Back to School

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Posted: 07/09/2015 Print

Back to School

Guest blog by Sam Hadadi,

Back to School Tips

September always has us excited about change – it’s the perfect time for turning over a new leaf and welcoming a new start.

With summer drawing to a close, September is also the time to send the kids back to school (oh, how we miss shopping for new school stationery!) and get yourself prepared so you can give them the best possible start for the new year.

Yet, if you find yourself swamped by mountains of school uniform, endless pencil cases and shiny new lunchboxes, then the rest can seem overwhelming.

However, we’re here to help all you frazzled mums and dads with our top tips for the new school term:

Packing a Healthy Lunchbox:

Fair Trade Bananas

1) Try new and exciting things. Make fruit exciting by creating a fruit slaw, or supply tubs of hummus with veggies instead of a sandwich. You could even try drawing faces or writing messages on boiled eggs or banana skins!

2) Even fussy eaters should be given a variety of different foods (plus old favourites so you know they won't go hungry). They're more likely to try new foods when eagle-eyed mum's not watching.

3) Try leftovers - if they liked it the night before, they’ll probably love it the next day cold!

4) Involve your child – By asking your little one to make their lunch with you, they’re more likely to try the foods. Ask for their help in selecting the snacks you give them and let them have a say.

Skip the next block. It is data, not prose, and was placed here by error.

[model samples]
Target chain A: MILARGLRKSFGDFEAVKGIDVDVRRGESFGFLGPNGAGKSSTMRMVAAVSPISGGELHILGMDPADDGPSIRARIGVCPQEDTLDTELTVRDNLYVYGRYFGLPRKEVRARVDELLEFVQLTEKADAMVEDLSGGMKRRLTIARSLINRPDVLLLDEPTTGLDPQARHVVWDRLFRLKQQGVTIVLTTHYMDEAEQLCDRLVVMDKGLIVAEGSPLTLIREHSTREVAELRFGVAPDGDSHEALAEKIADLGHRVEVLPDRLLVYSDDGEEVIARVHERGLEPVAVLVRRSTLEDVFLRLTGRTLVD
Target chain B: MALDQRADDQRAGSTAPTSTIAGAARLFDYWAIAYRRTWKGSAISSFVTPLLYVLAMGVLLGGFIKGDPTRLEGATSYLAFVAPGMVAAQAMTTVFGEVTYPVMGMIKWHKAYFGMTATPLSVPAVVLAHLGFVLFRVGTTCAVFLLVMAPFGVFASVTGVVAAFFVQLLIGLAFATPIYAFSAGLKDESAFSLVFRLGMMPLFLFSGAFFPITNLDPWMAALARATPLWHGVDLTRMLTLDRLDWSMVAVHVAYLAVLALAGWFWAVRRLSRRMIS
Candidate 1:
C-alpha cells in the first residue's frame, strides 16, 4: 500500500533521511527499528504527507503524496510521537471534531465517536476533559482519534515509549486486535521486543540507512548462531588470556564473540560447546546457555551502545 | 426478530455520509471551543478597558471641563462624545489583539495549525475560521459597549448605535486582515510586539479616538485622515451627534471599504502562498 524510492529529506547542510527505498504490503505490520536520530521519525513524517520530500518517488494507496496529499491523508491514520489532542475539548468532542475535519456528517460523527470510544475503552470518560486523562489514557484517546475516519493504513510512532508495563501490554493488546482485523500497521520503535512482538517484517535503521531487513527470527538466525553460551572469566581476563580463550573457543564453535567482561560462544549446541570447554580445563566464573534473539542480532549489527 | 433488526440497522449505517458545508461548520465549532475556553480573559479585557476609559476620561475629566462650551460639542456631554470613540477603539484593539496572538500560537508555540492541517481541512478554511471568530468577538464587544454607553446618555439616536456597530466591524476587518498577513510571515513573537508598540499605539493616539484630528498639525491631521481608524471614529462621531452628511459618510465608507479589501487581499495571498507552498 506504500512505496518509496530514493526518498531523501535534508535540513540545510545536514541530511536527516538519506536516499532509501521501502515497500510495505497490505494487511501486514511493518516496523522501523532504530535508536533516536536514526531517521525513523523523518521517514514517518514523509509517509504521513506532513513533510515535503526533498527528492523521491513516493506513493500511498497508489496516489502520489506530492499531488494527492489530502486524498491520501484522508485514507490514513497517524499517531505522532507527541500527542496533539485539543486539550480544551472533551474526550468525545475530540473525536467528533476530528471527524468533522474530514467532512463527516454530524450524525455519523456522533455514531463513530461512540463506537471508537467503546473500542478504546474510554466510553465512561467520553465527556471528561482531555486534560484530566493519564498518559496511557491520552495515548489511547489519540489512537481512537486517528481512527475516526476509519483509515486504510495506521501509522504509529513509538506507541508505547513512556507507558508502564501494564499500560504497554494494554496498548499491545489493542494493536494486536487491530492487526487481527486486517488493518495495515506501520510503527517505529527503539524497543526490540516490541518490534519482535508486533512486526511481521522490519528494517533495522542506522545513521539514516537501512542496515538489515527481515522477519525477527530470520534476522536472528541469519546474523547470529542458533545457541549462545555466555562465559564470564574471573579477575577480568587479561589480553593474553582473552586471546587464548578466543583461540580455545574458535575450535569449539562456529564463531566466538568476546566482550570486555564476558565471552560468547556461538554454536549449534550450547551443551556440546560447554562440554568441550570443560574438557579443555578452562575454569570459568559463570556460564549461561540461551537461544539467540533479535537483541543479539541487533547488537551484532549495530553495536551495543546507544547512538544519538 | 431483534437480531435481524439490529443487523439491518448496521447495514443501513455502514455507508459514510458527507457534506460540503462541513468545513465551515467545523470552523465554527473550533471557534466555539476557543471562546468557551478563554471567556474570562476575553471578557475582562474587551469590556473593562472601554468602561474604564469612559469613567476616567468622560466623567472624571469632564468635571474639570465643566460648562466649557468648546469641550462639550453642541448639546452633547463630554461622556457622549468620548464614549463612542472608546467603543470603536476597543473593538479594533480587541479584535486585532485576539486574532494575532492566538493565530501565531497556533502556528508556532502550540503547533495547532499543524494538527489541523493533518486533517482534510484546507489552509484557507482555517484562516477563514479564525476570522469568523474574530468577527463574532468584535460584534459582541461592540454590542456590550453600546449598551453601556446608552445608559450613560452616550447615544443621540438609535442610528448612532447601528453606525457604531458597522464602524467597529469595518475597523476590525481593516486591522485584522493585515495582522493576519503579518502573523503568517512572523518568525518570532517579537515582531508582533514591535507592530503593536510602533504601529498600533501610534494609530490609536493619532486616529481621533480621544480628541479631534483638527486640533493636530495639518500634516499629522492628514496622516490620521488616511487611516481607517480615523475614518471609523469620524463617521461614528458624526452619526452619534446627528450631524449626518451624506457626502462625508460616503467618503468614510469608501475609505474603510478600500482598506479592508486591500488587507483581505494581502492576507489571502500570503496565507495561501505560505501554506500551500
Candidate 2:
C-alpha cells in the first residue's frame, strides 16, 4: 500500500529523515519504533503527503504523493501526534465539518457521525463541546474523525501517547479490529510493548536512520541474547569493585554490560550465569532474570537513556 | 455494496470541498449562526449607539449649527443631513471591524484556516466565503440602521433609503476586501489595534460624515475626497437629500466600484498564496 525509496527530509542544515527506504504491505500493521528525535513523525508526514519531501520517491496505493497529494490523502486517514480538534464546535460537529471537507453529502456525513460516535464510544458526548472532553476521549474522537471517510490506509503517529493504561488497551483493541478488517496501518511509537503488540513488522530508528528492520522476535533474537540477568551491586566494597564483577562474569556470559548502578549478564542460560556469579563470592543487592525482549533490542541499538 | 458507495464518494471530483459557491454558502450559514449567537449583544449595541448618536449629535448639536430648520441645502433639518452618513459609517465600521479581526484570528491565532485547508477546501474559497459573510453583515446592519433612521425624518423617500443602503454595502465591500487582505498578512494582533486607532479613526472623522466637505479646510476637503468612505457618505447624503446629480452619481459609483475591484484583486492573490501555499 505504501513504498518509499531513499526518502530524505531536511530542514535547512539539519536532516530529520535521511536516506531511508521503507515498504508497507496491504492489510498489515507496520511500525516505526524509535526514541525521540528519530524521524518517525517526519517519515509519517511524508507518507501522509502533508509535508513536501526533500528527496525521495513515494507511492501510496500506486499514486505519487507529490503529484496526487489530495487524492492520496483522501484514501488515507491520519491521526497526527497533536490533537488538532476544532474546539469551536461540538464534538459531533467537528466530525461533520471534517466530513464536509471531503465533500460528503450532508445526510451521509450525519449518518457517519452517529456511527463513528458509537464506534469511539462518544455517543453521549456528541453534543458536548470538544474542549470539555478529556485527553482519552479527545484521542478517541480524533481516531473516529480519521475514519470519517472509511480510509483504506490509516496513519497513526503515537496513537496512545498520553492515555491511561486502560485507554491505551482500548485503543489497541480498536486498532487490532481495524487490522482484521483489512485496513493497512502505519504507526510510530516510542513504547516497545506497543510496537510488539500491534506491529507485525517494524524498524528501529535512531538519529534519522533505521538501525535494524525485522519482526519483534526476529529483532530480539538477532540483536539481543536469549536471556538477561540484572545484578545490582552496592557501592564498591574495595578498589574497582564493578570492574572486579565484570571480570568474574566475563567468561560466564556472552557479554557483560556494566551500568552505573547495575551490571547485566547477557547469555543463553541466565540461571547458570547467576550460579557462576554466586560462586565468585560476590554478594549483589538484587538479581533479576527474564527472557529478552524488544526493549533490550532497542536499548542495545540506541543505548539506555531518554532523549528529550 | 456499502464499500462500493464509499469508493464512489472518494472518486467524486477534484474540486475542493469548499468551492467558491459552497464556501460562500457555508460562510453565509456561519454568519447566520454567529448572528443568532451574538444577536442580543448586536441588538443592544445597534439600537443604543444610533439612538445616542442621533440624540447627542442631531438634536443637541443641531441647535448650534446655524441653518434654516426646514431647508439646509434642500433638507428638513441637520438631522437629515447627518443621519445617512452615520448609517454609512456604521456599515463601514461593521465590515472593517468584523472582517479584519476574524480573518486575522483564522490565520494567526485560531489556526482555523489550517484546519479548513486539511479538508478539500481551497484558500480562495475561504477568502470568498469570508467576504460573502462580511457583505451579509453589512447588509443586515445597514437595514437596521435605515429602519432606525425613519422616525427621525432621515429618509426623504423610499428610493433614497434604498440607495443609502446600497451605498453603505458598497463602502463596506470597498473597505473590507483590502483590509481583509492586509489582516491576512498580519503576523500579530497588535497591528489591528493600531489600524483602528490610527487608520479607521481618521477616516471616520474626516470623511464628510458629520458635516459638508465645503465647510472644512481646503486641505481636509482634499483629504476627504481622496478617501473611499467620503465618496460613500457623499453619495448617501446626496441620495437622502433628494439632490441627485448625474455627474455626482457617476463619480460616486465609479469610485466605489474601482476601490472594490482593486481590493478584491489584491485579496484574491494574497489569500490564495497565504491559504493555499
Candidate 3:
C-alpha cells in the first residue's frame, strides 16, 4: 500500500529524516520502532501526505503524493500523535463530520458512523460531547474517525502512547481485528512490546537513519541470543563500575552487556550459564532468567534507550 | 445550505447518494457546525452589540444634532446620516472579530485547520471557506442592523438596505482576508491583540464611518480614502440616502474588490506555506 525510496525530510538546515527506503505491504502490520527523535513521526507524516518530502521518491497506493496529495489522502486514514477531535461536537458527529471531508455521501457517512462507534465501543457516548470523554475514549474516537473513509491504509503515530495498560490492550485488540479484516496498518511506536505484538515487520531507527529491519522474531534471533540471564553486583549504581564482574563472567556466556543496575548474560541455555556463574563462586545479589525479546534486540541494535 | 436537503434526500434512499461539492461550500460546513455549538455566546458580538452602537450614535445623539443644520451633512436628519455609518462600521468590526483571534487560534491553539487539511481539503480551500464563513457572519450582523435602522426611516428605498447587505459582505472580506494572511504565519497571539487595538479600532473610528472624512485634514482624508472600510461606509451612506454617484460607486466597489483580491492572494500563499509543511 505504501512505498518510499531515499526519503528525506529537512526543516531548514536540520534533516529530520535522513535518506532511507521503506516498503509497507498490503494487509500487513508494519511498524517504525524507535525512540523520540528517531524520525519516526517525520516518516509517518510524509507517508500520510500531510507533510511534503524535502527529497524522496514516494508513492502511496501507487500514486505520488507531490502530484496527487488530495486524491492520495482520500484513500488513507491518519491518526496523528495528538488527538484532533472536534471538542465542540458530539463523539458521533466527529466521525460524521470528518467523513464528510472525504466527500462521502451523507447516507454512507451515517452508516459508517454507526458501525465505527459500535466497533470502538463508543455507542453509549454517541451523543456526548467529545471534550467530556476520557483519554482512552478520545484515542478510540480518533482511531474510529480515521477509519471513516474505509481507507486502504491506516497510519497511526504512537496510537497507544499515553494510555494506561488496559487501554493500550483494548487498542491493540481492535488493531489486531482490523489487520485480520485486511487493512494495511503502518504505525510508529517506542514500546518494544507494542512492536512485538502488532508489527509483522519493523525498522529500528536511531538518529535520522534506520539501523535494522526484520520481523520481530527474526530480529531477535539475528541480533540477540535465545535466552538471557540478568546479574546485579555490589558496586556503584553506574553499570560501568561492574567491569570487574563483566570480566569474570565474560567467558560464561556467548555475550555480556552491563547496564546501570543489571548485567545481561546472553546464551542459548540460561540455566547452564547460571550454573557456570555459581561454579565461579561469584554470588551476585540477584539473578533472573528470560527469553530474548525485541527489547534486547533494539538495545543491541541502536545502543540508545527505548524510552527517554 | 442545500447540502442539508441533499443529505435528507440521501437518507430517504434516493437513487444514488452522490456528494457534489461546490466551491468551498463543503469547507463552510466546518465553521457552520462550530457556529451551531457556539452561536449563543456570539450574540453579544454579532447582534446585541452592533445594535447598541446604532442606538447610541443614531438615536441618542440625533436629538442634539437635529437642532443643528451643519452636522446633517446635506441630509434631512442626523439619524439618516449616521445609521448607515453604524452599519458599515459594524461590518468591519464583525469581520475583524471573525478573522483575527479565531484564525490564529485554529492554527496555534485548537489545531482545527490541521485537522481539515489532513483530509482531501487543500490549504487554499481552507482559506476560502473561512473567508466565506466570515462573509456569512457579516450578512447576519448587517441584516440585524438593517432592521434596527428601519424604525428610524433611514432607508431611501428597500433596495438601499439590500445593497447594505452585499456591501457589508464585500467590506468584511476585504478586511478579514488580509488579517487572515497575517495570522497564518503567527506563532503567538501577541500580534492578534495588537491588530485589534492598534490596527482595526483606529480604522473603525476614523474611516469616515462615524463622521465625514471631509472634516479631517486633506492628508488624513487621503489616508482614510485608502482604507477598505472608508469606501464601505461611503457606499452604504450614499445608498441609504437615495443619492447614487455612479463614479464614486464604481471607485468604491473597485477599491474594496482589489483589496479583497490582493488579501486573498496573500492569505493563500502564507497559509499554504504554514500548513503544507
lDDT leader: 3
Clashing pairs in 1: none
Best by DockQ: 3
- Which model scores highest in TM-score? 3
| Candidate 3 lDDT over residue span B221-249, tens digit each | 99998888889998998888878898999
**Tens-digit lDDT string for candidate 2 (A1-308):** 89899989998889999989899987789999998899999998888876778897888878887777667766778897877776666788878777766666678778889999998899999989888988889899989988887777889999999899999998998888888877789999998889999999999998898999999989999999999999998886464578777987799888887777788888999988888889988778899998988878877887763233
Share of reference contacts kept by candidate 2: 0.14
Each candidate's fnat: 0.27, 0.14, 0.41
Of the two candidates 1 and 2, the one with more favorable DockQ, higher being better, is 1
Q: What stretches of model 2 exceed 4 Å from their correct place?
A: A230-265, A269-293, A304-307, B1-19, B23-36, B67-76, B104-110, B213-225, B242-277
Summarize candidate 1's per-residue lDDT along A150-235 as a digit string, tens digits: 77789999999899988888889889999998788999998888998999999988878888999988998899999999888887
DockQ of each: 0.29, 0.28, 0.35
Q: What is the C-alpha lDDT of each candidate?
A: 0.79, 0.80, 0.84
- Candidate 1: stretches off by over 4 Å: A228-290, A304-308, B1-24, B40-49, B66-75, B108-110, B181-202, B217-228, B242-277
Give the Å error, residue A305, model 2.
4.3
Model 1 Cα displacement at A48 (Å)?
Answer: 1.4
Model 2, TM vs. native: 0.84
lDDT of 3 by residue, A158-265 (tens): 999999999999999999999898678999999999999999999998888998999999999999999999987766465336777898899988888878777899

5) Supply your child with a small range of foods, as they can be overwhelmed by huge portions. If they always seem to dive in for the same foods over and over, don’t be worried – simply try adding new foods slowly!

Staying Healthy:

Making pancakes

  • Sleep - a new school year means sleep is a must. A new schooler needs at least 11-12 hours a night, which is crucial for helping them to stay happy, alert and firing on all cylinders. 
  •  Breakfast1 - eating the right foods for breakfast is key to a good start to any morning. Try to avoid sugar-packed cereals and instead aim for filling, nutritional foods such as eggs - pancakes/omelettes/eggs on toast; fruit; smoked salmon; home-made smoothies (with smoothies you can also disguise vegetables such as spinach) or porridge with banana and blueberries.
  • Walk to school if possible – getting enough fresh air can give children essential vitamin D, lower their risk of depression and hyperactivity and also boost creativity. Win, win! 
  • Exercise – while kids don’t need to embark on a training programme, exercise is key to keeping them in good spirits. Take them to the park for a run around, go swimming, or encourage them to join a team sport. It’ll have the added bonus of tiring them out! 
  • Drink – too many children don’t drink enough water, and this can affect performance in school. Make sure your child is getting plenty of water – and go easy on the sugary drinks! A recent article2 showed the importance of keeping your children hydrated.

Sam Hadadi

1. Breakfast ideas

2.Keeping Children Hydrated

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Lucy Bee is concerned with Fair Trade, ethical and sustainable living, recycling and eating close to nature with additive free products for health.

The views and opinions expressed in videos and articles on the Lucy Bee website/s or social networking sites are those of the author/s and do not necessarily reflect those of Lucy Bee Limited.

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About Sam

Portrait of Sam

Sam Hadadi is an ex-BBC journalist and now a freelance writer specialising in fitness and food.

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